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20121201
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. president clinton had said allowing genocide to happen in rwanda was one of his greatest failures in office. we know the president spent time with bill clinton recently. what is your sense how potent this is for president obama and whether or not he would take the step of taking out these facilities before this could happen? >> well i think we obviously known about the threat of syria's chemical weapons capability for a long time and this conflict has been going on now, getting close to two years. so we're a little bit late in the game to finally be worried about what might happen. in fact, there is actually a bigger risk in my view. it will be a tragedy if the weapons are used against the opposition in syria. but the potential for an even larger tragedy exists if the opposition gets hold of these chemical weapons, the terrorist elements in the opposition and sends them outside syria where they could be used by terrorists around the world. so the threat, although our immediate focus is the risk inside syria, i don't think we can ignore. i think america's focus ought to be the threat expandi
of the most beautiful modern housing communities in the world. it's a massive city. it's outside of rwanda, angola. the government had to build this to solve its housing shortage, but very few can actually afford to live there. cnn's dave mckenzie takes us inside a high-rise ghosttown. ♪ >> this is the promise of a new angola. the government propaganda video shows the scale of the new city. ♪ the chinese got. it's quite extraordinary. some five years ago there was absolutely nothing here. just bush. in that time they have schools and medical centers, kindergartens and tens of thousands of apartments. built using angola's oil credit lines with china. the final touches are still being made. but there are highways without cars. schools with no pupils. it feels like a ghosttown. we eventually found someone who had bought a flat. >> so you live in this apartment building? which -- where is your apartment? on the seventh floor. wow. and this building, is it completely filled? >> no, no. >> translator: no. we have through residents in this building. three apartments occupied. >> reporter: is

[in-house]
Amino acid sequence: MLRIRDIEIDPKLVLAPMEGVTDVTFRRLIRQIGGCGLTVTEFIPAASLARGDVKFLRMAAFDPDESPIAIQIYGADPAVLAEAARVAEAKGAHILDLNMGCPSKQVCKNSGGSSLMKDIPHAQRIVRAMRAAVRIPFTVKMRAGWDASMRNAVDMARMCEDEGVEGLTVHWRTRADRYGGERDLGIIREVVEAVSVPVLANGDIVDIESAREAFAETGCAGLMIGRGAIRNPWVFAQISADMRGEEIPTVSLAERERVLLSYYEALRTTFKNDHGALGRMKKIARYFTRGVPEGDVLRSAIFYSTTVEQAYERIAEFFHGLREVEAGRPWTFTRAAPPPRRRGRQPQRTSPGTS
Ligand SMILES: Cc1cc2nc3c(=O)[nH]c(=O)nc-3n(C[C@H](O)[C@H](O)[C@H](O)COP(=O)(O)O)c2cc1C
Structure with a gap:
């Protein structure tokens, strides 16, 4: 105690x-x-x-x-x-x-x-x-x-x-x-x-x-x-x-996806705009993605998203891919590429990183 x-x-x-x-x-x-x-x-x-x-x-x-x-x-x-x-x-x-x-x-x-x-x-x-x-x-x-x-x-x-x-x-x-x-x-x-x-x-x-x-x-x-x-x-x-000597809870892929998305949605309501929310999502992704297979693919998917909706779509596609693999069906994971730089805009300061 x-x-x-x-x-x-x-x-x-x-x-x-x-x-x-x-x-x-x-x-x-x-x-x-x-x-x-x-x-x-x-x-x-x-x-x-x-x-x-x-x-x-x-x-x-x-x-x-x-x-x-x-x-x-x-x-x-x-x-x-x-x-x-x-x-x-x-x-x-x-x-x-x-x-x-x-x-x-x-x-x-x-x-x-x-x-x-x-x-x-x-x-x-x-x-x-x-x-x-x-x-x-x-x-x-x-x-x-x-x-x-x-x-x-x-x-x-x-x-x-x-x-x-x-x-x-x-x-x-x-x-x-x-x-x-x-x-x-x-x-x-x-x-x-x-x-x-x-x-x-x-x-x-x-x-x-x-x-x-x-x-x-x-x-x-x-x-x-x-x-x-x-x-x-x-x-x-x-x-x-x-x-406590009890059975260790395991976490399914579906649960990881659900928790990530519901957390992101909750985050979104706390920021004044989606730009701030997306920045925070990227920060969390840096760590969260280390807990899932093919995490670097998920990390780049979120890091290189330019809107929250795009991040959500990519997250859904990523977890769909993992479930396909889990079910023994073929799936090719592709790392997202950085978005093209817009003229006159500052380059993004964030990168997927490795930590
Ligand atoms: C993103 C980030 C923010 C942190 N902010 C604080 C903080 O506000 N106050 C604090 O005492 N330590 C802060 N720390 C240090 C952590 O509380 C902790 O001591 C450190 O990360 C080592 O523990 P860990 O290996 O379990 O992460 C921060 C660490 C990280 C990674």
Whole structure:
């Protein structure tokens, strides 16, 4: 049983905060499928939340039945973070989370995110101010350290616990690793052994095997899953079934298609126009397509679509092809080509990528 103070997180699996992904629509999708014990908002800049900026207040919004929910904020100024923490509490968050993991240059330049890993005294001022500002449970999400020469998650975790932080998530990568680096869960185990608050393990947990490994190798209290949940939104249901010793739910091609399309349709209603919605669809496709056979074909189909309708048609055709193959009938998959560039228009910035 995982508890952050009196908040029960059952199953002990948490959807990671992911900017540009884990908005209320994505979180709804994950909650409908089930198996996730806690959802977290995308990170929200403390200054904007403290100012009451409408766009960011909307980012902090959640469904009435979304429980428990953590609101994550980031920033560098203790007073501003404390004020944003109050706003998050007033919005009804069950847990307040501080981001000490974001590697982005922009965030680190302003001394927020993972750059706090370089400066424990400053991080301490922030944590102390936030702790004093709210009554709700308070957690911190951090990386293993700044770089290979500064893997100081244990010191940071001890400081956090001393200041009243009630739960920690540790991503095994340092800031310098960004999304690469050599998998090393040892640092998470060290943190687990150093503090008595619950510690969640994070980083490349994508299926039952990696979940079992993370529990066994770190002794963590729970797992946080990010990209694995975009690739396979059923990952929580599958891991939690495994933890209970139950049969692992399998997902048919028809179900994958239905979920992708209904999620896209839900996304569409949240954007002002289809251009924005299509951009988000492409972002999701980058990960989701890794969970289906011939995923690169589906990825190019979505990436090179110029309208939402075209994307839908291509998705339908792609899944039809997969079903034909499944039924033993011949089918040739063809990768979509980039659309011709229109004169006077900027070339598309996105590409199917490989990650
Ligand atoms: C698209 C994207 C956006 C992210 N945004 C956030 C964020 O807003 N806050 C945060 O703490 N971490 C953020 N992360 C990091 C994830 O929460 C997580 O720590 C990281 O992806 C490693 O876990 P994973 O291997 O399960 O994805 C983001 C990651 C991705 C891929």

anything as far as rwanda and the generocide that goes on. >> he blames himself. >> he knew what was going on. he made that decision not to intervene and 800,000 or so people were slaughtered as a result of that. i went with him to those countries in 1998. susan rice was with me on that trip as well as assistant secretary for african affairs. he blames himself. >> to retroactively turn that on susan rice is ridiculous. >> that's a former situation that obviously the former president of the united states knows very, very well. piers morgan will have the full interview tonight at 9:00 p.m. eastern. i think you're going to want to watch this important interview. piers is going to join us in our 6:00 p.m. eastern hour as well. >>> both egyptians that despise the government are venting on the streets. like a lot of things, trying to find a better job can be frustrating. so at university of phoenix we're working with a growing list of almost two thousand corporate partners - companies like microsoft, american red cross and adobe - to create options for you. not only that, we're using what we lea
statistics, things like political improvements and freedoms, this is really essential. countries like rwanda have been ranked no. 1. if you look around the markets, you will see the authority. 90% of the world's population. they're going to see improvements in those lives. there will be issues, but the story is very strong and that is why we are seeing the story being very positive. >> tell us about the frontier markets because you cite the story of capital labor productivity. it will explode very dramatically? >> i think there is a clear delineation between the advanced emerging economies and the frontier economies, but our related or integrated it is to the developed market, how much exposure do they have? in terms of trade and foreign direct investment, it is heavily dependent on the united states and europe. africa has 1 billion people and is less than 2% of world trade or direct investment. the real engine of growth is not going to be trade, unfortunately. if you look at valuations of the bank's and trading in the local market, the story is credible and hits to the story rather than be
Search Results 0 to 3 of about 4